and Sabina Elago
Windhoek-“I know that the struggle will be long and bitter. I also know that my people will wage that struggle, whatever the cost.”
These were the words of Andimba Herman Toivo Ya Toivo, in his statement in the Supreme Court of Pretoria, where Ya Toivo and 29 other Swapo members were convicted under the Prevention of Terrorism Act.
His moving statement remains relevant five decades later. “Only when we are granted our independence will the struggle stop. Only when our human dignity is restored to us, as equals of the whites, will there be peace between us.”
As moving as Ya Toivo’s words were, little is known about the man who fought tooth and nail for Namibia to attain independence. But did the struggle stop with the attainment of Namibia’s independence and the ideals for which Ya Toivo fought bear fruit in an independent Namibia?
“He is a man who died in pain and disappointment. What he fought for is not happening today,” said Moses Amutenya, a history teacher at Andimba Toivo Ya Toivo Secondary school.
Ya Toivo was actively involved in the liberation of Namibia and “enough is not done to recognise him as a co-founder of Swapo”, opined Amutenya.
As a matter of fact, his speech is merely highlighted in history books and not taught in depth.
“He could have been praised as co-founder of Swapo, because he was one of the Namibian stalwarts who served a long jail term at Robben Island,” he adds.
Historian and anthropologist Jarimbovandu Alex Kaputu feels that Ya Toivo is an unsung hero and a somewhat “forgotten figure”.
“After his passing we are talking about Ya Toivo as if he resurrected from the dead. Why didn’t we do it while he was alive? He was just an ordinary Swapo leader and pensioner in the eyes of many people,” remarked Kaputu.
In fact, some people thought he died many years ago, Kaputu added.
Having contributed significantly to the country’s struggle for independence, Ya Toivo’s “history was just put in smoke,” Kaputu remarked.
“It was not shining at all. I don’t know if it was overwhelmed by others. After his release from Robben Island in 1984, his history just faded out,” Kaputu further stated.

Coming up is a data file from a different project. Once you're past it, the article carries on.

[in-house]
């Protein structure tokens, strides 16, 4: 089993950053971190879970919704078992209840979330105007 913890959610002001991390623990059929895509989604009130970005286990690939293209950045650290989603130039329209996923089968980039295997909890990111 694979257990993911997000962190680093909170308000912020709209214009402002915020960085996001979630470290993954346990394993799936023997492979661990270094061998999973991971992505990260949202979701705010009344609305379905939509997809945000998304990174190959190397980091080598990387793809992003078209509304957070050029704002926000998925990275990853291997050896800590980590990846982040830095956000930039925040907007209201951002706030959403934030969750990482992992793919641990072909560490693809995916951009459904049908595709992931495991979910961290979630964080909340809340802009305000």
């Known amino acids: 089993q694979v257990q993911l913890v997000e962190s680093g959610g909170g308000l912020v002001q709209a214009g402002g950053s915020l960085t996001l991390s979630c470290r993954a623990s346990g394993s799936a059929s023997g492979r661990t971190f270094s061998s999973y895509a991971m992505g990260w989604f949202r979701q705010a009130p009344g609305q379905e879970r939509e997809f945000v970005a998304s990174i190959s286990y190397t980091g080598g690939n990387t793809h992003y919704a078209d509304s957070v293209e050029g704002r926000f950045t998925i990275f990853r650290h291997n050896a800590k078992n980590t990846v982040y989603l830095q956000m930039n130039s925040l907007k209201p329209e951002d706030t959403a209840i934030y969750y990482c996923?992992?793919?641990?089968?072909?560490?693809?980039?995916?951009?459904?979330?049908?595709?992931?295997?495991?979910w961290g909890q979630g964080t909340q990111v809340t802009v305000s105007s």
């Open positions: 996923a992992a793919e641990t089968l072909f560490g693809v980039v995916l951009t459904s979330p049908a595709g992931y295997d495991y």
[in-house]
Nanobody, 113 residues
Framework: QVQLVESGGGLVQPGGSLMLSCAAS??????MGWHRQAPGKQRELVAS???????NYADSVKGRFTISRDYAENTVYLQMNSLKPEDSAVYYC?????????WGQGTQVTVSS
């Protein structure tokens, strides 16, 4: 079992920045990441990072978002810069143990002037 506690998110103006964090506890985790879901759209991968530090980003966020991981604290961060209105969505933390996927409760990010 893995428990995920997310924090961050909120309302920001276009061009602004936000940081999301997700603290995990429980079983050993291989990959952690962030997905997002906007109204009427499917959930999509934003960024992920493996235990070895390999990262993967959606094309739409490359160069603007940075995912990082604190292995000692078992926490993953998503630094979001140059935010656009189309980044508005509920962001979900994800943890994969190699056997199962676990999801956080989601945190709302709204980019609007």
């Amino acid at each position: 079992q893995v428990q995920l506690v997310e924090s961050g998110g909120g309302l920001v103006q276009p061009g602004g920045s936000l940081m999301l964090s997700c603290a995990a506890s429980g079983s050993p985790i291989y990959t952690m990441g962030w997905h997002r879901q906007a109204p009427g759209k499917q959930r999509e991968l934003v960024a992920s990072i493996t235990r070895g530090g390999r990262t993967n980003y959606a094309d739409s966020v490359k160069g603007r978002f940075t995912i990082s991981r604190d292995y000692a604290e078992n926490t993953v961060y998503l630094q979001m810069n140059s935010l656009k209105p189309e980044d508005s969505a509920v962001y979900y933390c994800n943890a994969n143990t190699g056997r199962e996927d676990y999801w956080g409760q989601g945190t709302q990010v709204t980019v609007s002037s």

Having served a lengthy prison term, Ya Toivo’s history should not be taken for granted, Arries said. “I’m not comparing him to Nelson Mandela, but he (Ya Toivo) is our Nelson Mandela,” Albert Arries, a history teacher at Windhoek High School maintained.
Yet, it is seldom asked how much of an impact Ya Toivo’s speech in Pretoria has had on Namibians, Aries noted, adding that his experience as a political prisoner is seldom spoken of, said Arries. “He wasn’t appreciated enough for that.”
Teaching Namibian history in schools Kaputu, Arries and Amutenya, however, all agree with Edmund Burke that: “Those who do not know history are destined to repeat it”.
They maintained that history should be taken seriously as a school subject.
In Namibia we are promoting the sciences, Arries said, noting that “As good as that is we are not growing socially and if we are not careful our history will be lost in translation.”
Learners are not made aware of possible history careers, such as anthropology and archeology. “Learners might be interested in it, but society does not promote these careers for Namibians,” said Arries.
Kaputu agreed that: “if we are not careful we might lose our history”.
Also, Amutenya held views similar to those of Arries, saying Namibian history is not adequately documented in Namibian history textbooks.
For example, Grade 8, 9 and 10 history books do not offer in-depth coverage of the country’s history, while Grade 11 and 12 history focuses mainly on world history.
“Namibian history is merely highlighted in history textbooks,” Amutenya added.
There are conflicting views regarding the history of political prisoners at Robben Island. He added: “Some people say he spent 16 years on Robben Island, while others say he spen 17 years,” added Amutenya, who stressed that history should be accurately documented.
“We are afraid to teach our learners some of those things, because there are conflicting views,” added Amutenya, saying there are ongoing disputes over who is the founder of the Ovambo People’s Congress. “Things need to be clear. We don’t want people guessing,” he stated.
“History is not taken serious by the government itself,” Amutenya further opined.
He attributes the lowly status of history studies to the fact that history as a subject is not properly marketed at career fairs. Furthermore, there are limited places where people can learn about history beyond the classroom.
“We don’t have a fully-fledged centre where history is accessible,” Amutenya highlighted.
Ya Toivo in his 1969 speech further said: “My co-accused and I have suffered. We are not looking forward to our imprisonment. We do not, however, feel that our efforts and sacrifice have been wasted. We believe that human suffering has its effect, even on those who impose it.”
Ya Toivo concluded by saying: “We hope that what has happened will persuade the whites of South Africa that we and the world may be right and they may be wrong. Only when white South Africans realise this and act on it, will it be possible for us to stop our struggle for freedom and justice in the land of our birth.”